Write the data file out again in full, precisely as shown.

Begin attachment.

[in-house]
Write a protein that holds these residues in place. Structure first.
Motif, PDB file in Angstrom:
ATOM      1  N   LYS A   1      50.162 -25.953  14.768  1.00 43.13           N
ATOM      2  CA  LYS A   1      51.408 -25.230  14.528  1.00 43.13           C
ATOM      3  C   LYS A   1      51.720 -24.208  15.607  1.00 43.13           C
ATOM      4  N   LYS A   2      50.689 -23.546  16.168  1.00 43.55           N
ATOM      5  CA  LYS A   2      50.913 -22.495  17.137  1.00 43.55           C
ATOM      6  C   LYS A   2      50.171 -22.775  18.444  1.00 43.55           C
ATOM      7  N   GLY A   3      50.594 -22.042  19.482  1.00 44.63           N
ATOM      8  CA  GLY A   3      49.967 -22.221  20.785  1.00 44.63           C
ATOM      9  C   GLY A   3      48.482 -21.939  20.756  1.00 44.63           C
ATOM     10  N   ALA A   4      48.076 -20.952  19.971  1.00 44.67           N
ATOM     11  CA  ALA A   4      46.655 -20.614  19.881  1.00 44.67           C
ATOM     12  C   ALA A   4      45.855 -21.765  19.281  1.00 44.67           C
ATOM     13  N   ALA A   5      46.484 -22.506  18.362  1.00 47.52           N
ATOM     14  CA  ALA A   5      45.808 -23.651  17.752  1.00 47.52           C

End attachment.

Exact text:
[in-house]
Write a protein that holds these residues in place. Structure first.
Motif, PDB file in Angstrom:
ATOM      1  N   LYS A   1      50.162 -25.953  14.768  1.00 43.13           N
ATOM      2  CA  LYS A   1      51.408 -25.230  14.528  1.00 43.13           C
ATOM      3  C   LYS A   1      51.720 -24.208  15.607  1.00 43.13           C
ATOM      4  N   LYS A   2      50.689 -23.546  16.168  1.00 43.55           N
ATOM      5  CA  LYS A   2      50.913 -22.495  17.137  1.00 43.55           C
ATOM      6  C   LYS A   2      50.171 -22.775  18.444  1.00 43.55           C
ATOM      7  N   GLY A   3      50.594 -22.042  19.482  1.00 44.63           N
ATOM      8  CA  GLY A   3      49.967 -22.221  20.785  1.00 44.63           C
ATOM      9  C   GLY A   3      48.482 -21.939  20.756  1.00 44.63           C
ATOM     10  N   ALA A   4      48.076 -20.952  19.971  1.00 44.67           N
ATOM     11  CA  ALA A   4      46.655 -20.614  19.881  1.00 44.67           C
ATOM     12  C   ALA A   4      45.855 -21.765  19.281  1.00 44.67           C
ATOM     13  N   ALA A   5      46.484 -22.506  18.362  1.00 47.52           N
ATOM     14  CA  ALA A   5      45.808 -23.651  17.752  1.00 47.52           C